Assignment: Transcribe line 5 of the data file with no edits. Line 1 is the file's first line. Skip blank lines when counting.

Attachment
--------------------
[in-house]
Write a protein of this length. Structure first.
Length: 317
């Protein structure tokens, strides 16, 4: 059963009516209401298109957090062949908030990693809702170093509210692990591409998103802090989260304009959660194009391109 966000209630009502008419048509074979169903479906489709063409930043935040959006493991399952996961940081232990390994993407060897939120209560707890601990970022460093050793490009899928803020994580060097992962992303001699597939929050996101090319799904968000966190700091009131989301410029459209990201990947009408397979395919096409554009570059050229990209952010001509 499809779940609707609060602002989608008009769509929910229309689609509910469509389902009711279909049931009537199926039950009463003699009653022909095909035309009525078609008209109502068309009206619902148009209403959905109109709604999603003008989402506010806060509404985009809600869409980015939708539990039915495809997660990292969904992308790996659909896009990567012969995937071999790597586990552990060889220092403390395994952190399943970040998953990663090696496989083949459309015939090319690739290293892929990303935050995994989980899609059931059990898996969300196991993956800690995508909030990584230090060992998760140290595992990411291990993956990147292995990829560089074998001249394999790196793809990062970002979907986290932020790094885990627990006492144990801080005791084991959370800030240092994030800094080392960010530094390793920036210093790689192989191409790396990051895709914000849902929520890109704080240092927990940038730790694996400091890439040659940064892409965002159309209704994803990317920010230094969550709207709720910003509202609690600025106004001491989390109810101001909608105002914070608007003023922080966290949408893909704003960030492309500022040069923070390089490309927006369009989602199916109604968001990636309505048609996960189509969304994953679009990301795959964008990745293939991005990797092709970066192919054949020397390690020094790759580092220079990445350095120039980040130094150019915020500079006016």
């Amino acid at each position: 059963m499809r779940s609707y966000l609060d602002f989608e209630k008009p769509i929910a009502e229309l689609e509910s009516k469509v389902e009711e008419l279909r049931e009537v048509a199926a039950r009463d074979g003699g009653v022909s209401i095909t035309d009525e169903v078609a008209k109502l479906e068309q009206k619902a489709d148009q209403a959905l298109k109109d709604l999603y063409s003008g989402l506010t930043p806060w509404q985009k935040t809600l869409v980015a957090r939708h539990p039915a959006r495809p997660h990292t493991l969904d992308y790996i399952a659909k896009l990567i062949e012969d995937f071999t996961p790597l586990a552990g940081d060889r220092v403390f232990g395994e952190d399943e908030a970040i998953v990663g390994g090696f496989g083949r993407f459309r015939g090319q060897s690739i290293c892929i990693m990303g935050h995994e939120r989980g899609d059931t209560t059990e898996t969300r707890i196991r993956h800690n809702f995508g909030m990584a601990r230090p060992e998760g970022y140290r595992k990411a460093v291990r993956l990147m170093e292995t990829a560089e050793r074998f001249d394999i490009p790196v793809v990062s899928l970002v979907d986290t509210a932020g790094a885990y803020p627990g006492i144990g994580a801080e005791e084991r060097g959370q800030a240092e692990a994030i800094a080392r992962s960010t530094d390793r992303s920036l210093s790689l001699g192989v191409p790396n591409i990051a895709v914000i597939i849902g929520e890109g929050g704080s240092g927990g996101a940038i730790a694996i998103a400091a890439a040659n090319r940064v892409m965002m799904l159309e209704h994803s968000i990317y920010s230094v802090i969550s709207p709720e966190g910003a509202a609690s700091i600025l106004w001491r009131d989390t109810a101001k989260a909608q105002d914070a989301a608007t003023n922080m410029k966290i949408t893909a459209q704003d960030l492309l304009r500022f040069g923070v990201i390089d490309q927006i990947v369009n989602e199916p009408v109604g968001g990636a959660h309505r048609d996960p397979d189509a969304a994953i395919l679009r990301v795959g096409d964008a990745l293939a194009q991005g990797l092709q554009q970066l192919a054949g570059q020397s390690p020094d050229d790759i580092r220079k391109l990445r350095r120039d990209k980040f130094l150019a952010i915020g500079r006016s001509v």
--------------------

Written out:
């Amino acid at each position: 059963m499809r779940s609707y966000l609060d602002f989608e209630k008009p769509i929910a009502e229309l689609e509910s009516k469509v389902e009711e008419l279909r049931e009537v048509a199926a039950r009463d074979g003699g009653v022909s209401i095909t035309d009525e169903v078609a008209k109502l479906e068309q009206k619902a489709d148009q209403a959905l298109k109109d709604l999603y063409s003008g989402l506010t930043p806060w509404q985009k935040t809600l869409v980015a957090r939708h539990p039915a959006r495809p997660h990292t493991l969904d992308y790996i399952a659909k896009l990567i062949e012969d995937f071999t996961p790597l586990a552990g940081d060889r220092v403390f232990g395994e952190d399943e908030a970040i998953v990663g390994g090696f496989g083949r993407f459309r015939g090319q060897s690739i290293c892929i990693m990303g935050h995994e939120r989980g899609d059931t209560t059990e898996t969300r707890i196991r993956h800690n809702f995508g909030m990584a601990r230090p060992e998760g970022y140290r595992k990411a460093v291990r993956l990147m170093e292995t990829a560089e050793r074998f001249d394999i490009p790196v793809v990062s899928l970002v979907d986290t509210a932020g790094a885990y803020p627990g006492i144990g994580a801080e005791e084991r060097g959370q800030a240092e692990a994030i800094a080392r992962s960010t530094d390793r992303s920036l210093s790689l001699g192989v191409p790396n591409i990051a895709v914000i597939i849902g929520e890109g929050g704080s240092g927990g996101a940038i730790a694996i998103a400091a890439a040659n090319r940064v892409m965002m799904l159309e209704h994803s968000i990317y920010s230094v802090i969550s709207p709720e966190g910003a509202a609690s700091i600025l106004w001491r009131d989390t109810a101001k989260a909608q105002d914070a989301a608007t003023n922080m410029k966290i949408t893909a459209q704003d960030l492309l304009r500022f040069g923070v990201i390089d490309q927006i990947v369009n989602e199916p009408v109604g968001g990636a959660h309505r048609d996960p397979d189509a969304a994953i395919l679009r990301v795959g096409d964008a990745l293939a194009q991005g990797l092709q554009q970066l192919a054949g570059q020397s390690p020094d050229d790759i580092r220079k391109l990445r350095r120039d990209k980040f130094l150019a952010i915020g500079r006016s001509v």